A friend of mine from California recently asked me why I carry a gun. I know the anti-gun sentiment is very strong in some circles, that to some people the mere possession of a gun by anyone is offensive, and that the solution to the problem of violence is to outlaw guns. I have friends who feel this way…and yes, they’re still my friends.
In answering this question, I’ll assume my friend really wanted an answer and didn’t ask it in the manner of my ex-wife’s questions that took the form of, “Why do you need to track dirt into the house?”
Before I answer the question, I need to tell you about me. For nearly thirty years, I carried a badge and gun for a living. During those years, I saw firsthand what evil things people can do to others. I learned that there are bad men (and a few bad women) out there who will use physical violence to hurt and take advantage of those weaker than them.
I’ve seen it on battlefields on the other side of the world and on the streets of our nation’s cities. I’ve seen the results of that evil firsthand in thousands of assault, rapes and murder victims as a police officer in Oakland. I’ve seen it in a larger scale in mass graves and senseless IED bombings in Iraq.
The U.S. Army and the Oakland Police Department have given me some of the best training in the world so that I could combat that evil. For 30 years, I used that training countless times, as did my brother and sister police officers and soldiers. I know my efforts saved many lives over the years and put away many evil men.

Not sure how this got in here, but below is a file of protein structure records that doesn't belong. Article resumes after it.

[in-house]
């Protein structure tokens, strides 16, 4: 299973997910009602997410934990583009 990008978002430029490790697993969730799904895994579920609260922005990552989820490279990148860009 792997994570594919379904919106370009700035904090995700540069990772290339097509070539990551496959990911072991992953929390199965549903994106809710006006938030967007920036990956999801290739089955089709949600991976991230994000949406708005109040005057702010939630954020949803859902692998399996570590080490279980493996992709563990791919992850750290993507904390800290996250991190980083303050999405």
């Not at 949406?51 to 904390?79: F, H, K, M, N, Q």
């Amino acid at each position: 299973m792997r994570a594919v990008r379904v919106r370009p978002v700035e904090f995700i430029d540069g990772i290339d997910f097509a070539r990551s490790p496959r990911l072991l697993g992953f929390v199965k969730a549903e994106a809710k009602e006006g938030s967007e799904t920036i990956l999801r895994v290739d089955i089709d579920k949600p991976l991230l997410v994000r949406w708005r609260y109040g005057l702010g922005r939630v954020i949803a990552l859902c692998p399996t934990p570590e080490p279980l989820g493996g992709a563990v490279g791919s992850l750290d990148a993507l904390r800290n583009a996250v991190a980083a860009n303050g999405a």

Federal law authorizes off-duty and retired law enforcement officers to carry concealed firearms nationwide. Our lawmakers recognized the existence of the kind of evil about which I mentioned and the special abilities of off-duty and retired officers to combat it whenever and wherever it appears.
From the time I was legally authorized to do so, I carried a concealed firearm even when off-duty. I didn’t carry it openly wear a macho tee-shirt to advertise my armed status. My friend in California, who only knew me off-duty, might be surprised to know that every time she saw me—several times a week for more than ten years—I was armed. I never expected to use it off-duty and hoped I would never have to. I didn’t carry a gun because I hoped to get into a gunfight any more than I kept a fire extinguisher in my house because I hoped for a house fire or wore a seatbelt because I expected to crash my car.
Nearly 40 years ago, I chose a life path dedicated to protecting the weaker members of society from those who would do them physical harm. I didn’t chose that path because I thought I was better, tougher, or somehow morally superior. I didn’t choose that path because I wanted to inflict violence on others. I chose it because I wanted to protect.
In a more perfect world, there would be no need for people such as me. However, that is not the world as it is. I wish evil did not exist, but wishful thinking doesn’t change the reality. I’ve seen it happen in places once deemed safe: schools, churches, movie theaters, shopping malls, and our homes. If I knew exactly when and where it would occur, I could probably leave my gun in my home safe 99.9% of the time.
In retirement, I pray I will never have to face a violent individual intent upon killing or seriously injuring an innocent person. However, if the situation arises, I want to be ready to do whatever is necessary to protect innocents from harm.
That’s why I carry a gun.